Eros, the chunky asteroid named after the god of love, is slowly revealing to scientists the mysteries of its size, rotation and other properties.
Eros has been studied by the Near Earth Asteroid Rendezvous (NEAR)-Shoemaker spacecraft since last Valentine's day when a careful maneuver put the spacecraft in orbit around the asteroid to determine its properties. Some of those findings, such as Eros' mass and bulk density, appear in the Sept. 22, 2000 edition of the journal Science in a paper by principal author Dr. Don Yeomans of NASA's Jet Propulsion Laboratory. Yeomans is the radio science team chief for NEAR-Shoemaker. The journal also features three other research reports on Eros.
Scientists have learned that Eros is most likely made of rocky material with a uniform density throughout. The asteroid's bulk density is similar to that of Earth's crust. Like Earth, the surface of Eros is covered with a layer of looser rock and soil.
Though it is about 6,700 trillion kilograms (14,700 trillion pounds) in mass, Eros is a fragment from the breakup of a once larger asteroid. "It's a chip off a larger block from millions of years ago," said Yeomans.
Eros is rotating around its shortest axis, making one revolution every 5 hours and 16 minutes. As though thrown in a tight spiral pass by some cosmic quarterback, Eros' rotation axis appears to remain steady on its journey through space. Because the asteroid is so much smaller with much less gravity than Earth, it wouldn't take an Olympic athlete to jump entirely off the surface into space.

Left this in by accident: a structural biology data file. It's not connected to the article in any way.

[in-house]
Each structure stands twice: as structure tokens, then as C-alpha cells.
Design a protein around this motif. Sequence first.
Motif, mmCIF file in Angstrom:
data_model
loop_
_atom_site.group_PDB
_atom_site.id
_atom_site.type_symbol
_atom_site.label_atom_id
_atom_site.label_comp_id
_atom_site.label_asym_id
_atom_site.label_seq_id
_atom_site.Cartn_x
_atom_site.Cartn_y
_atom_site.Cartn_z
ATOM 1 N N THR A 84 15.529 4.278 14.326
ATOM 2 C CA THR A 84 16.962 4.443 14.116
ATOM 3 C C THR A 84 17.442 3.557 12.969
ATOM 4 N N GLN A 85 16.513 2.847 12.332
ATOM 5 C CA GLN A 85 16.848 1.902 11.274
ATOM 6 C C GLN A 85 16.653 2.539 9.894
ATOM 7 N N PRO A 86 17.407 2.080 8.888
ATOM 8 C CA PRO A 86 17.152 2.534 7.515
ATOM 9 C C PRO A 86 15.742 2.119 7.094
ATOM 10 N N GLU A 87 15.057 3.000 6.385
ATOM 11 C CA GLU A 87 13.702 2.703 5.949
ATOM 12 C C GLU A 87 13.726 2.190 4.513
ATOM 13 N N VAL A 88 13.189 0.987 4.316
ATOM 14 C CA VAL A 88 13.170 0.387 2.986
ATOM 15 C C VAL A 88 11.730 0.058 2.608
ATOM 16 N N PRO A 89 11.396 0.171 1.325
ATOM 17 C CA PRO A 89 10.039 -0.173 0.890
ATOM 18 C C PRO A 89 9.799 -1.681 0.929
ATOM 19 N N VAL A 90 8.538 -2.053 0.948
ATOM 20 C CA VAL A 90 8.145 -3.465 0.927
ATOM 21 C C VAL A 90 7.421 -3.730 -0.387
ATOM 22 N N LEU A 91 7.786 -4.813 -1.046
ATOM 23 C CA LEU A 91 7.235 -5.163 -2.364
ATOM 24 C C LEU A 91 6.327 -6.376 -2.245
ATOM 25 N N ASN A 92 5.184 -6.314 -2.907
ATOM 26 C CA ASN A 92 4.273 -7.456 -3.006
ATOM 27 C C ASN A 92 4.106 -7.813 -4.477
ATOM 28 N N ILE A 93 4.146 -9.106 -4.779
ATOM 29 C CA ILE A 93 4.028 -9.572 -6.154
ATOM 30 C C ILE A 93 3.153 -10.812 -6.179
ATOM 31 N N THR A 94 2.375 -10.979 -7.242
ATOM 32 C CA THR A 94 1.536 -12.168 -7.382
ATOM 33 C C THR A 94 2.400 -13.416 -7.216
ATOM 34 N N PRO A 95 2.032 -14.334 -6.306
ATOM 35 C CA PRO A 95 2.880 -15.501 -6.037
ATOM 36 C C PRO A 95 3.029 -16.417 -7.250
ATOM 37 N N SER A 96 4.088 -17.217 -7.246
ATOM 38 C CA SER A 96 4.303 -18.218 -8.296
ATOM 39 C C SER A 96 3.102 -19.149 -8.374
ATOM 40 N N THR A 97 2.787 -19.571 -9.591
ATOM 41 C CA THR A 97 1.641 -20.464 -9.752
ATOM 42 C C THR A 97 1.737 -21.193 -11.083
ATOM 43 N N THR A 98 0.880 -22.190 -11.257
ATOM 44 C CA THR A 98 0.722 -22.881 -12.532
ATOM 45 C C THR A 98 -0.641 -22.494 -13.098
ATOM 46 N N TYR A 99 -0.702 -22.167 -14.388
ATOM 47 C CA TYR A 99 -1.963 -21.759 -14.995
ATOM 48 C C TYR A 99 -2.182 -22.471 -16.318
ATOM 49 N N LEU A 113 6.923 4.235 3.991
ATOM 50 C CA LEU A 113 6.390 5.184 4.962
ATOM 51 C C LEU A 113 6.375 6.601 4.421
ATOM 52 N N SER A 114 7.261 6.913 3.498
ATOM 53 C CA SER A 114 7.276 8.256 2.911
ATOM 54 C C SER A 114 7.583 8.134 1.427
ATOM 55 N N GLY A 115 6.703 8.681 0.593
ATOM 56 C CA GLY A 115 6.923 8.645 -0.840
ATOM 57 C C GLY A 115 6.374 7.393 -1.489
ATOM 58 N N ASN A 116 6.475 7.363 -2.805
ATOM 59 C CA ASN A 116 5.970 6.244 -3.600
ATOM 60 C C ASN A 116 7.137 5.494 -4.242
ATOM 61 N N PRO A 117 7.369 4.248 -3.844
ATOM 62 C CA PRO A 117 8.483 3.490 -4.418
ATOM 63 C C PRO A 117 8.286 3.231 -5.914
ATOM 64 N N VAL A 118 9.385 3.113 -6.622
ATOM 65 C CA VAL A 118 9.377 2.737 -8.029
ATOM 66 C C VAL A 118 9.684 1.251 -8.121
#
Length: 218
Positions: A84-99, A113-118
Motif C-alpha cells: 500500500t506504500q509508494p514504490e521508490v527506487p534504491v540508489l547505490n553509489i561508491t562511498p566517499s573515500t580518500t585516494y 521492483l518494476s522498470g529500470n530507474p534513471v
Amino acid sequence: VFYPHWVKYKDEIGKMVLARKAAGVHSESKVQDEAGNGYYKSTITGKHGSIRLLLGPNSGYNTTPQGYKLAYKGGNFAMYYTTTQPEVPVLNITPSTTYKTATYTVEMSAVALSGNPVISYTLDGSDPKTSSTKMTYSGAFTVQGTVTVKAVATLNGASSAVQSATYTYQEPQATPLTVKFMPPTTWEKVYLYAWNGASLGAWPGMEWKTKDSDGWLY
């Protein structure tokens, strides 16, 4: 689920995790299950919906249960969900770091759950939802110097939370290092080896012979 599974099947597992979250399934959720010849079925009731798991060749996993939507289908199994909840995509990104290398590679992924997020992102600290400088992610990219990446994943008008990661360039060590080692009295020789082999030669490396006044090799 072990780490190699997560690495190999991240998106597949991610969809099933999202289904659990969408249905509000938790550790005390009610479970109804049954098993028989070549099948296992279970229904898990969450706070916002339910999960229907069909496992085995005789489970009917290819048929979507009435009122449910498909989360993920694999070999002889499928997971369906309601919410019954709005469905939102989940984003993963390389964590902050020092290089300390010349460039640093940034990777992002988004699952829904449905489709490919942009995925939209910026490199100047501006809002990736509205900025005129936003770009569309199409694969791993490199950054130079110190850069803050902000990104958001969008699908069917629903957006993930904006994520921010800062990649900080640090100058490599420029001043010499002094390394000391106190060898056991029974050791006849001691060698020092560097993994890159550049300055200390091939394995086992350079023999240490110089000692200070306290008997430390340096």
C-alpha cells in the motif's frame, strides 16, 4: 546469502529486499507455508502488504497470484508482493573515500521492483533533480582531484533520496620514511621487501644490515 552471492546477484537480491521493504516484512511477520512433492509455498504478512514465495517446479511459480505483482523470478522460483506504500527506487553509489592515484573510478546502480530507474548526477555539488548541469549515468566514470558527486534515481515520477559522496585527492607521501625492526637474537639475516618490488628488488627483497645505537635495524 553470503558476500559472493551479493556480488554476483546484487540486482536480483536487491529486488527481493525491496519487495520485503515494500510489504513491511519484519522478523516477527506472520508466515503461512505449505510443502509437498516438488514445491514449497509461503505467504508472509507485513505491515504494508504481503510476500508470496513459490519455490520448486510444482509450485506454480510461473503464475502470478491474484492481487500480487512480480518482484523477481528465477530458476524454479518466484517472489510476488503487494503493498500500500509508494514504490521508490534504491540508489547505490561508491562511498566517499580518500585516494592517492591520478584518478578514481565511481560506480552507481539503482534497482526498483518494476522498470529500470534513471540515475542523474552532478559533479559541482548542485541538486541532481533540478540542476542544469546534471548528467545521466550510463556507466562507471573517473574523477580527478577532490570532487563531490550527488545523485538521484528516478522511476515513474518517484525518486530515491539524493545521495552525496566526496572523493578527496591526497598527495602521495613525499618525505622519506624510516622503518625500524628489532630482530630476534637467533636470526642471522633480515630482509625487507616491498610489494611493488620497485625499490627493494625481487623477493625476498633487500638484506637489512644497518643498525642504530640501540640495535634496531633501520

Scientists were able to study Eros' rotation, mass distribution and structure based on a series of observations taken onboard the spacecraft. By photographing the asteroid and measuring infrared light reflected from it, scientists could determine its mass, detect minerals and record its motion. As the craft edged into closer and closer orbits around the asteroid, it took fresh data that helped determine the asteroid's size, shape and mass distribution. These activities were critical for navigating the spacecraft in to tighter orbits about Eros so that close-up images could be taken.
"If we didn't know the precise size, shape and mass distribution of the asteroid ahead of time, it would not have been safe to send the spacecraft to within a few kilometers of the asteroid's surface," said Yeomans.
By the mission's end in February 2001, the total surface of the asteroid will have been imaged and measured.
Johns Hopkins University manages the NEAR mission for NASA, and JPL is performing navigation support. Bobby G. Williams, also an author on the paper, is the navigation team leader. For the latest images and announcements of mission progress and discoveries visit the NEAR web site at http://near.jhuapl.edu .
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